The Transport Accident Investigation Commission has recommended better health warning alerts for pilots and others in the aviation industry.
Its recommendations follow a reprised investigation into a fatal helicopter crash near Queenstown in 2015, in which an instructor and student pilot were killed.
The commission's initial investigation said the cause of the mast bump and resulting in-flight break-up was not conclusive.
It resumed the inquiry when new evidence came to light concerning the mental health of the instructor prior to the crash.
After interviewing the man's GP and the commission's own medical expert, investigators found that it's highly likely that he was medically fit to fly when he received his medical certificate.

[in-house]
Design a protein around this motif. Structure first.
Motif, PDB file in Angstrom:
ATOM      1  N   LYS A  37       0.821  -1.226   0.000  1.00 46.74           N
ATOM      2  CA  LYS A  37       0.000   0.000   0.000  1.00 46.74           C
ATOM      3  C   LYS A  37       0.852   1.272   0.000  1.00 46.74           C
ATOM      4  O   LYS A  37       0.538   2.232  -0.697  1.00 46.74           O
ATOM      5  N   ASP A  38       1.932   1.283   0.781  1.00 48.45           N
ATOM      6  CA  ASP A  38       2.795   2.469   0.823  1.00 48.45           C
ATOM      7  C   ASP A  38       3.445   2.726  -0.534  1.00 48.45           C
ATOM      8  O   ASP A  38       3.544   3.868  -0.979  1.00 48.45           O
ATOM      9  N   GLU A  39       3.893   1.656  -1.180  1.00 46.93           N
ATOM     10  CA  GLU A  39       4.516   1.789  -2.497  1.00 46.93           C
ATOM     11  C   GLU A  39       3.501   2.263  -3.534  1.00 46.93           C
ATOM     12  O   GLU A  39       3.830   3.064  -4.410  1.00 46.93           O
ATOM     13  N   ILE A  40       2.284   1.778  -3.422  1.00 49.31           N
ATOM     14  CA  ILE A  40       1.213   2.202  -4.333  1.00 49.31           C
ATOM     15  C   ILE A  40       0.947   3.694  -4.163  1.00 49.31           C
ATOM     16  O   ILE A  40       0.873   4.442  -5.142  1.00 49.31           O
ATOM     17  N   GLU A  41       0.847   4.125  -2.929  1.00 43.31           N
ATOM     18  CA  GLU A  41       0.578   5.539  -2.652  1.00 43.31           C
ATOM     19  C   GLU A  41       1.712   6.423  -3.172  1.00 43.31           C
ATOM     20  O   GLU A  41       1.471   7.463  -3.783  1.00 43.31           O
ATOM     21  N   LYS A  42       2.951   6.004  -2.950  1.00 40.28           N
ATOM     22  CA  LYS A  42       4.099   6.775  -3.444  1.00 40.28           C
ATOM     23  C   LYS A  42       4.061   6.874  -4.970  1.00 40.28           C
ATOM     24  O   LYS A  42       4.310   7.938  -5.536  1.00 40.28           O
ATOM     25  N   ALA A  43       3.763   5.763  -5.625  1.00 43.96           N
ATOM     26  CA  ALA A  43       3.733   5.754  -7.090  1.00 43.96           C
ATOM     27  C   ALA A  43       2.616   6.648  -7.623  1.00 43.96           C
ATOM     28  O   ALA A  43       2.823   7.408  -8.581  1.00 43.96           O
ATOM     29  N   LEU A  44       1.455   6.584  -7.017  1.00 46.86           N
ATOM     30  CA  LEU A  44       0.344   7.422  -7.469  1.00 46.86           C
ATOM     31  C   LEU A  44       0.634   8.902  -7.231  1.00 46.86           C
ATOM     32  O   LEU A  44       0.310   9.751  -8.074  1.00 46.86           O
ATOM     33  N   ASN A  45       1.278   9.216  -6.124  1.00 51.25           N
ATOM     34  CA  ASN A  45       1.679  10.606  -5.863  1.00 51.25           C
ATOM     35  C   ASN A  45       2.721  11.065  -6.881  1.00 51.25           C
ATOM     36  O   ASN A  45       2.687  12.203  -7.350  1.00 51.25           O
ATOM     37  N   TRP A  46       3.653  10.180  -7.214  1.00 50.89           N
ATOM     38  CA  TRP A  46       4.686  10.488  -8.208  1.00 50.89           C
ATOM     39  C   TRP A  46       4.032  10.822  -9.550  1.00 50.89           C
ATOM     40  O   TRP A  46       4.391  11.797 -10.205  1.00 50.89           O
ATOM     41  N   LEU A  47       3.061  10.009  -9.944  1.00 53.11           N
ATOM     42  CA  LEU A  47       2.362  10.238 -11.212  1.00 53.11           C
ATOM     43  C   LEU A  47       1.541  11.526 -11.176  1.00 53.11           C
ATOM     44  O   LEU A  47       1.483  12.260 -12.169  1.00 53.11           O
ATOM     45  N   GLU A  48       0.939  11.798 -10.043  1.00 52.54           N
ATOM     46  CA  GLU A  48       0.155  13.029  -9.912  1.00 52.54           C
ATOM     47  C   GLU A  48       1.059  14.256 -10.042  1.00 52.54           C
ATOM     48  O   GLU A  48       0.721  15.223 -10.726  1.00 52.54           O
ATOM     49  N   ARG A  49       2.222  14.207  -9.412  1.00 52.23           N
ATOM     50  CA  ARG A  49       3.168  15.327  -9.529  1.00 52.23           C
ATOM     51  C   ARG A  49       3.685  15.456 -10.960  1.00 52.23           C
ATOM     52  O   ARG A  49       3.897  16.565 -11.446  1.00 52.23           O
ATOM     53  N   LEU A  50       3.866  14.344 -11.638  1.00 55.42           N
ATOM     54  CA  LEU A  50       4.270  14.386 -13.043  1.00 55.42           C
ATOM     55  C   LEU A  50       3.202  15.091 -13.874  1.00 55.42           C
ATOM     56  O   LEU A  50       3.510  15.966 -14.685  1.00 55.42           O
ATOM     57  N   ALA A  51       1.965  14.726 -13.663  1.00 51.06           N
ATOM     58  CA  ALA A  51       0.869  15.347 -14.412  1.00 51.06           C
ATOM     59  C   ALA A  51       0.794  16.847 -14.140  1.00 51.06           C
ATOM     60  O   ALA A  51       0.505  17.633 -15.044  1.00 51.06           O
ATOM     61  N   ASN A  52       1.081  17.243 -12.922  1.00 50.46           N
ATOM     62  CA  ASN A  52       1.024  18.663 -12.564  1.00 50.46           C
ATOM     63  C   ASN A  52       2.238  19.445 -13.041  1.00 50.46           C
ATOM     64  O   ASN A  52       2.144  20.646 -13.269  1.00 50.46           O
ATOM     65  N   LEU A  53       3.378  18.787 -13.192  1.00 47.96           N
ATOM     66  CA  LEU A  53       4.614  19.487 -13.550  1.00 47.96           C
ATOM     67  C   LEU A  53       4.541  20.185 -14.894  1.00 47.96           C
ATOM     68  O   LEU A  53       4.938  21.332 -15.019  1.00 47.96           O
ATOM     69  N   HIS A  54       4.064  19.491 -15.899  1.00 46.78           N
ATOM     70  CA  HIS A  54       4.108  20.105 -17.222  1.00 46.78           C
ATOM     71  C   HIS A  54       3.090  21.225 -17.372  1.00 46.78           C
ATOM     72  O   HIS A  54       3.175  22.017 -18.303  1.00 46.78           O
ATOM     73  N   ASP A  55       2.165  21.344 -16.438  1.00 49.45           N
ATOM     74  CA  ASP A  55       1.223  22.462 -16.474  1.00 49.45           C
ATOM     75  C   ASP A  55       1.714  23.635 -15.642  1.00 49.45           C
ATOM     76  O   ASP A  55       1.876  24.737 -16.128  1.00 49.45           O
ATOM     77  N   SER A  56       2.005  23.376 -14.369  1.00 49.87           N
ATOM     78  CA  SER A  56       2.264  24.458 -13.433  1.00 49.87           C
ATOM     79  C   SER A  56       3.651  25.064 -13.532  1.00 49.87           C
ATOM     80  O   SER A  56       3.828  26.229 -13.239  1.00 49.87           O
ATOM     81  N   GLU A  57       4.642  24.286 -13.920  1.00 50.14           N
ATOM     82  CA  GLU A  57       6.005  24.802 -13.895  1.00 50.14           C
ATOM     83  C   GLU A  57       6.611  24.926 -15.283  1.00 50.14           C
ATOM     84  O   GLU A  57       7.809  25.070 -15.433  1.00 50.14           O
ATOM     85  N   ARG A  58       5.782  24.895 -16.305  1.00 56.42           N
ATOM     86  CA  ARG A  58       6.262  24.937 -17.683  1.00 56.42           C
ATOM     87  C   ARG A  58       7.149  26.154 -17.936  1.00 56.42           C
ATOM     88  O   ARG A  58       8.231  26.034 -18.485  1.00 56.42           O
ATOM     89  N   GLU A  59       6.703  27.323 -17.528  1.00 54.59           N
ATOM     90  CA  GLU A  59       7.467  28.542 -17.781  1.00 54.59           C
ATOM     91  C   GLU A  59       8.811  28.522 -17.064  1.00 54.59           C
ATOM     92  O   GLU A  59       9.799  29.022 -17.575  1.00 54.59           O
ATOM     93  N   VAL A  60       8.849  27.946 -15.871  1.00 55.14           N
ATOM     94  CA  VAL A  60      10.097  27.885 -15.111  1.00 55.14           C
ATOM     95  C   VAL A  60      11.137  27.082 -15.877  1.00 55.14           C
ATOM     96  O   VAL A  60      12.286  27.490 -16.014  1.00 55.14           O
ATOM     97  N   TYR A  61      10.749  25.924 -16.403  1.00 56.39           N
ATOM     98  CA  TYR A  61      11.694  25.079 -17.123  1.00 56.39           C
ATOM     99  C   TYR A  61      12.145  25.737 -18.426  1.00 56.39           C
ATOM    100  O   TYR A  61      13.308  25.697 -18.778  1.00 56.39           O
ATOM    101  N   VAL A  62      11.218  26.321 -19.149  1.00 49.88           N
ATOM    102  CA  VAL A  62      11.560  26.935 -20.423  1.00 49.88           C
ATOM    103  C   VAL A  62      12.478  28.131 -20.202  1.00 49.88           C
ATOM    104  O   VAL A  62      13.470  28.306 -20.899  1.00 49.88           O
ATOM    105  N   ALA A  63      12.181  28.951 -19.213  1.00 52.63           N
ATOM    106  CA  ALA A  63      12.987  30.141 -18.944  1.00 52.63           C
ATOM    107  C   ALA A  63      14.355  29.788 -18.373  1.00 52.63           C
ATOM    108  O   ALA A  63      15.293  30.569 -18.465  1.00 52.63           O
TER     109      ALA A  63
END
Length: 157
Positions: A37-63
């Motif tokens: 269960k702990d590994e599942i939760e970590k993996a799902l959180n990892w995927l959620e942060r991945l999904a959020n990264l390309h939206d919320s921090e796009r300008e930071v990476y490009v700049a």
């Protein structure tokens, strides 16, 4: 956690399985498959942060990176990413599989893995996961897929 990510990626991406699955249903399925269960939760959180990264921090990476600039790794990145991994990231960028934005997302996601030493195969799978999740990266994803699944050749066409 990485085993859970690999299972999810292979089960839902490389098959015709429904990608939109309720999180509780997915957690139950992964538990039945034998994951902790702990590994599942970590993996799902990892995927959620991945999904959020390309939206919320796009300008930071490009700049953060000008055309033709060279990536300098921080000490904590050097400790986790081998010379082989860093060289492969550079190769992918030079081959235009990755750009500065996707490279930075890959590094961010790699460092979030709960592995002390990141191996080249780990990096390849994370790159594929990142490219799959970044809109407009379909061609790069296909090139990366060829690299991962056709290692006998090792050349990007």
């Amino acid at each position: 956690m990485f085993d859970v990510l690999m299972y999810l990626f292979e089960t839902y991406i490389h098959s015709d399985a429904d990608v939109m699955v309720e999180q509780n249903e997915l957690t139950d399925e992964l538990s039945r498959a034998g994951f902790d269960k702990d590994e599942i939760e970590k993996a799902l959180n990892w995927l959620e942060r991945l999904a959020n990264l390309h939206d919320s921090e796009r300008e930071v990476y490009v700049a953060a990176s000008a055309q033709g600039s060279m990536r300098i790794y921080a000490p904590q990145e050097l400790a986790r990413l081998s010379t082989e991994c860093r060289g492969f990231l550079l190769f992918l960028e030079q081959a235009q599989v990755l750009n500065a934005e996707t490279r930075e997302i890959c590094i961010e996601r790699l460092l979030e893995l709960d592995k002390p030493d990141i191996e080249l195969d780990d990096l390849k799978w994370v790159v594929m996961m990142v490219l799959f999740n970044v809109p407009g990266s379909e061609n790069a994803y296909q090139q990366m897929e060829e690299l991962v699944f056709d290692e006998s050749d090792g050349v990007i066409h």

The commission's report concludes that it is very unlikely there were any medical issues that contributed to the accident.
But the commission says the case has highlighted weaknesses in the medical certification system.
It has now recommended that the director of Civil Aviation review the process to ensure it's able to identify potentially serious health issues with pilots and other aviation document holders.
It has also recommended that the Ministry of Health consider adding features to a national electronic health record database being developed.
This would allow monitoring of people in safety-critical occupations who have potentially adverse health conditions or medications.